Pension annuities, here's what you need to knowPosted on: 21 September 2017 by 50connect editorial
Annuities often get a bad press but they remain the only instrument that can guarantee an income for the rest of your life explains Peter Brennan.
When you retire you can use your pension fund to buy an annuity from an insurance company. This means exchanging all or part of your pension fund for a regular, guaranteed income. The income is usually paid for life, but you can opt to buy short term annuities, if you prefer.
What are the main advantages of an annuity purchase?
- Guaranteed income – A conventional annuity can provide a guaranteed income for life.
- Flexibility – Insurers compete to provide attractive terms. You should shop around in order to get the best deal possible for your needs.
- Mortality cross subsidy – Part of the annuity rate takes into account the fact that some people will die earlier than statistically expected; the annuity rate takes this into account to give a higher income.
What are the main disadvantages of an annuity purchase?
- Timing – When you buy your annuity, you are locked into the annuity rates available at that time. If annuity rates are poor, your income for the rest of your life will be affected.
- Flexibility – You cannot make any changes to your annuity once it has started.
- Death benefits – Unless you have included a guarantee period, spouse’s pension or value protection, your income will cease on your death. Normally any remaining value will be kept by the annuity provider rather than your family.
- Investment control – If you purchase a conventional annuity, you will lose all investment control of your retirement fund in return for a guaranteed income. As an alternative, investment-linked annuities are available and they can offer a higher income than conventional annuities. However there is a risk if future investment conditions are not met, you could receive a lower income than a conventional annuity
The amount of income you receive from an annuity depends on a number of factors including your age, health and the specific options you choose.
Annuity rates are based on the prevailing yield of government gilts (which is why they have been much lower in recent years).
If you are thinking about purchasing an annuity it’s very important to shop around for the best rate as it’s very unlikely your pension provider will offer you the best rate available. This is called exercising the Open Market Option.
Standard annuity rates assume you are in good health, do not smoke or do not undertake hazardous pursuits. If you suffer from any form of ill health, even if it is controlled through medication, you might be able to obtain a better annuity rate. Lifestyle factors such as smoking or drinking above the recommended number of alcohol units can also increase the amount you receive.
There are a few different options to consider if you are purchasing an annuity:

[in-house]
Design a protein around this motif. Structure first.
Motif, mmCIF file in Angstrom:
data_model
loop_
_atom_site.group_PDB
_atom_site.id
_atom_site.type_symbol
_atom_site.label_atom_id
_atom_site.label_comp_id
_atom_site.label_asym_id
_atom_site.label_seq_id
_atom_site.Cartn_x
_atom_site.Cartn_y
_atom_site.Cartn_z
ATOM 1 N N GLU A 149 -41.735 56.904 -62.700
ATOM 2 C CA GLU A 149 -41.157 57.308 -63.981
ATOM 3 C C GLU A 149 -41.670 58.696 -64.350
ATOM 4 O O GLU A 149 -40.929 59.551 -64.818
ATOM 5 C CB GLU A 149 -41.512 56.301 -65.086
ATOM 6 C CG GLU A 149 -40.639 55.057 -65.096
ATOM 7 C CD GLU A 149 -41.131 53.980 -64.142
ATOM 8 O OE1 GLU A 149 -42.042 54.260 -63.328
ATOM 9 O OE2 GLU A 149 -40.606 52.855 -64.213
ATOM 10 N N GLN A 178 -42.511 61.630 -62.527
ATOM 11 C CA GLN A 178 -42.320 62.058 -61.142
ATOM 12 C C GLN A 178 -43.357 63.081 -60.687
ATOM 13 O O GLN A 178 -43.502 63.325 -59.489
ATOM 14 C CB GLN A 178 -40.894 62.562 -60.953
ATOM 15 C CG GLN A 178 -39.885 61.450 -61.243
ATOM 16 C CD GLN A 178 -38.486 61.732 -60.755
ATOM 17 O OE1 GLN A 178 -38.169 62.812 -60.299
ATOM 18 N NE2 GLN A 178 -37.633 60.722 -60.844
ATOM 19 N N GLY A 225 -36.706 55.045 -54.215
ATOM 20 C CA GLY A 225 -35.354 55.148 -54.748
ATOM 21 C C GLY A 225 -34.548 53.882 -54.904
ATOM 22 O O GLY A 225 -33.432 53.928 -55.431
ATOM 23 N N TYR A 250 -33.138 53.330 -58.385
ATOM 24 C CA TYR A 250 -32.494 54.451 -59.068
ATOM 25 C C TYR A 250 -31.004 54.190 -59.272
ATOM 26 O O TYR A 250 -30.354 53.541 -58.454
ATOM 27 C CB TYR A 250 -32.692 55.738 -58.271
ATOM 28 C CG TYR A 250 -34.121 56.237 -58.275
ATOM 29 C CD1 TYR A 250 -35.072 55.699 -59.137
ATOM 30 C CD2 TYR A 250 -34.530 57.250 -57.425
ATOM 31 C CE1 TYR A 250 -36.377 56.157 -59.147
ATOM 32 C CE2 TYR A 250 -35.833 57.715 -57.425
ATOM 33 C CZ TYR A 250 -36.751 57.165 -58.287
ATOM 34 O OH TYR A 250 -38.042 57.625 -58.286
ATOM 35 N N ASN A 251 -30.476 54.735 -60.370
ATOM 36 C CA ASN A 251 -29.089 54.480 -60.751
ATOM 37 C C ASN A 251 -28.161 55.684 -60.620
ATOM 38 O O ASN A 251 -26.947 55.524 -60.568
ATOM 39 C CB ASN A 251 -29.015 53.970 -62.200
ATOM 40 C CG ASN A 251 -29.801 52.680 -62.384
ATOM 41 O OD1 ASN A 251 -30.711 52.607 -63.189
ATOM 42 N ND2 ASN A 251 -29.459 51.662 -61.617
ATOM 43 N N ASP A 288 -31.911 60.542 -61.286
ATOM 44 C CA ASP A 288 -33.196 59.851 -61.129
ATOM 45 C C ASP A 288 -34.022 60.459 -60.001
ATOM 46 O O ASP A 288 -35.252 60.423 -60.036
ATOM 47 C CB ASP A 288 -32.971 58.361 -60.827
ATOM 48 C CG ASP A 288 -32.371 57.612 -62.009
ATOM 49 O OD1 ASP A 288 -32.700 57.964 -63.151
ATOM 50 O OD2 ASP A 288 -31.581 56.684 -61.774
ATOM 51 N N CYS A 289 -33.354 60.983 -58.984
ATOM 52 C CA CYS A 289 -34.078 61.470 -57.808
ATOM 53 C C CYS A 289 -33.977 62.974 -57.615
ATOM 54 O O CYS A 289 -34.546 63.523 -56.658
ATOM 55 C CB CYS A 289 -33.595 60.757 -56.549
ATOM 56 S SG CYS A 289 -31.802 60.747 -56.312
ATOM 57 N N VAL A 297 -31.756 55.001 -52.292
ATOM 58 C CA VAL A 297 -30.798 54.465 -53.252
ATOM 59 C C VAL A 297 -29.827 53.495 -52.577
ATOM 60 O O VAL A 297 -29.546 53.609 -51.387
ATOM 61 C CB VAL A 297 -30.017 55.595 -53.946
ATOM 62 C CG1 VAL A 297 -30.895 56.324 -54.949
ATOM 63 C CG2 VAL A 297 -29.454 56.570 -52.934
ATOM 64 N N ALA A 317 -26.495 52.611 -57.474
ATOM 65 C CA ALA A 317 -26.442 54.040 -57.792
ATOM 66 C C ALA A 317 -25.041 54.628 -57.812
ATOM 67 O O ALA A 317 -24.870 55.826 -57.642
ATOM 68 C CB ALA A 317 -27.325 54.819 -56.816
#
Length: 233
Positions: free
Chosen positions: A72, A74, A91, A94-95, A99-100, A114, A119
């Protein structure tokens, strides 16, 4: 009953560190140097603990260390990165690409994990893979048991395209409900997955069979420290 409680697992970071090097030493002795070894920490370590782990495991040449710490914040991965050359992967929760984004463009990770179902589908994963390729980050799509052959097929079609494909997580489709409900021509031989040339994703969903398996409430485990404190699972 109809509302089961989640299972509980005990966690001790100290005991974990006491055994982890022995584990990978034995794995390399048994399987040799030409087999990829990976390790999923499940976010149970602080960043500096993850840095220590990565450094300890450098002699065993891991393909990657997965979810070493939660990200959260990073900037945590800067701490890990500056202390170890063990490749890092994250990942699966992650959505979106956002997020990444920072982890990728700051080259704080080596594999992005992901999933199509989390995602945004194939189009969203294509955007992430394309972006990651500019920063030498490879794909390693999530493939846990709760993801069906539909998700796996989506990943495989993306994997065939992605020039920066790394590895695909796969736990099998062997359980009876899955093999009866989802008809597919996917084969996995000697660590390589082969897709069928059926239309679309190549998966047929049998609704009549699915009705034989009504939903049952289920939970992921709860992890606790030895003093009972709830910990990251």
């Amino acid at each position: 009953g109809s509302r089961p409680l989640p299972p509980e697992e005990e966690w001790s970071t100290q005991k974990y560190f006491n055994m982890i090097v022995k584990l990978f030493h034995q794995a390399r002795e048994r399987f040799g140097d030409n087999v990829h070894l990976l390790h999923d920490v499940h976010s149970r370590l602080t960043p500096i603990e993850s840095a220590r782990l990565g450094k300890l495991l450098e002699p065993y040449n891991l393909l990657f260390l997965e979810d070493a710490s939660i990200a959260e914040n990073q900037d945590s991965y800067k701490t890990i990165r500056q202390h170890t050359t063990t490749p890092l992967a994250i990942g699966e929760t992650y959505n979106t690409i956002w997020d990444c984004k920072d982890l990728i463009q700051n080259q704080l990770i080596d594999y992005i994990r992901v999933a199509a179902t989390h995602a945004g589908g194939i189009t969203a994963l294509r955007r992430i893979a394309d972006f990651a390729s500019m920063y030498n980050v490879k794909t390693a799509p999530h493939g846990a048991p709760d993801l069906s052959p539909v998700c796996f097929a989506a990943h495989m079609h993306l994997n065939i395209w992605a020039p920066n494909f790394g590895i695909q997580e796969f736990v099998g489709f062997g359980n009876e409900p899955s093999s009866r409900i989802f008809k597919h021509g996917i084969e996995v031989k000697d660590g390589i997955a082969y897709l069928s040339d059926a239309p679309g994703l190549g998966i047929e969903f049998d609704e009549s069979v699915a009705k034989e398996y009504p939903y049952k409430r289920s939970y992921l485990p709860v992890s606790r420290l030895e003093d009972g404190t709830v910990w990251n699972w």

1. Reducing the impact of inflation
A ‘level annuity’ will stay the same for the rest of your life. If you select this option you will have a higher starting income, but inflation will reduce the purchasing power of your income. If inflation is 2.5% each year, an income of £10,000 will be worth £6,102 in 20 years.
An ‘indexed annuity’ will increase each year, either by a stated amount (2.5% or 3% for example) or in line with the Retail Prices Index. Including Indexation will significantly reduce your initial income, so you should consider the amount of time you will need to live to have received more money than if your retirement income did not increase.
2. Continuing income for your spouse or civil partner
Annuity income will normally stop when you die. If you choose to include a spouse’s pension, they will continue to receive a proportion of your income if you die before them. It’s very important to make provision for your loved ones if your income will provide most of the household expenses.
3. Getting value for money if you die earlier than expected
Whilst statistics show that on average life expectancies are increasing and people are often living for 20+ years once they retire, there is still a chance that you might not live this long. If you were to die earlier than expected, you might have received less retirement income in total than the amount of money you used to pay for the annuity. Any loss to you or your family is a profit retained by your annuity provider.
There are two options you can include to help get value for money: value protection and a guarantee period. You normally cannot select both options; adding value protection will reduce your initial retirement income more than including a guarantee period because the provider is more likely to have to pay out more money in total.
Value protection means that a proportion of the amount of money used to purchase your annuity is guaranteed to be paid out either in the form of retirement income, or as a lump sum ‘balancing’ payment when you die; up to 100% of the annuity purchase amount can be protected.
If you include a guarantee period when you set up your annuity, your retirement income will still be paid for the rest of your life, but if you were to die within this initial period your retirement income would continue to be paid out until the end of the guarantee period at the same level as when you were alive (with any increases which you decided to include). The continuing income would be paid to your nominated beneficiary as pension income. If the balance of the guarantees income is paid to your estate, this income may be subject to Inheritance Tax.
If you have questions on any of the points raised above, please do not hesitate to get in touch.
Peter Brennan is Chartered Financial Planner at EQ Investors, a boutique wealth manager, based in London
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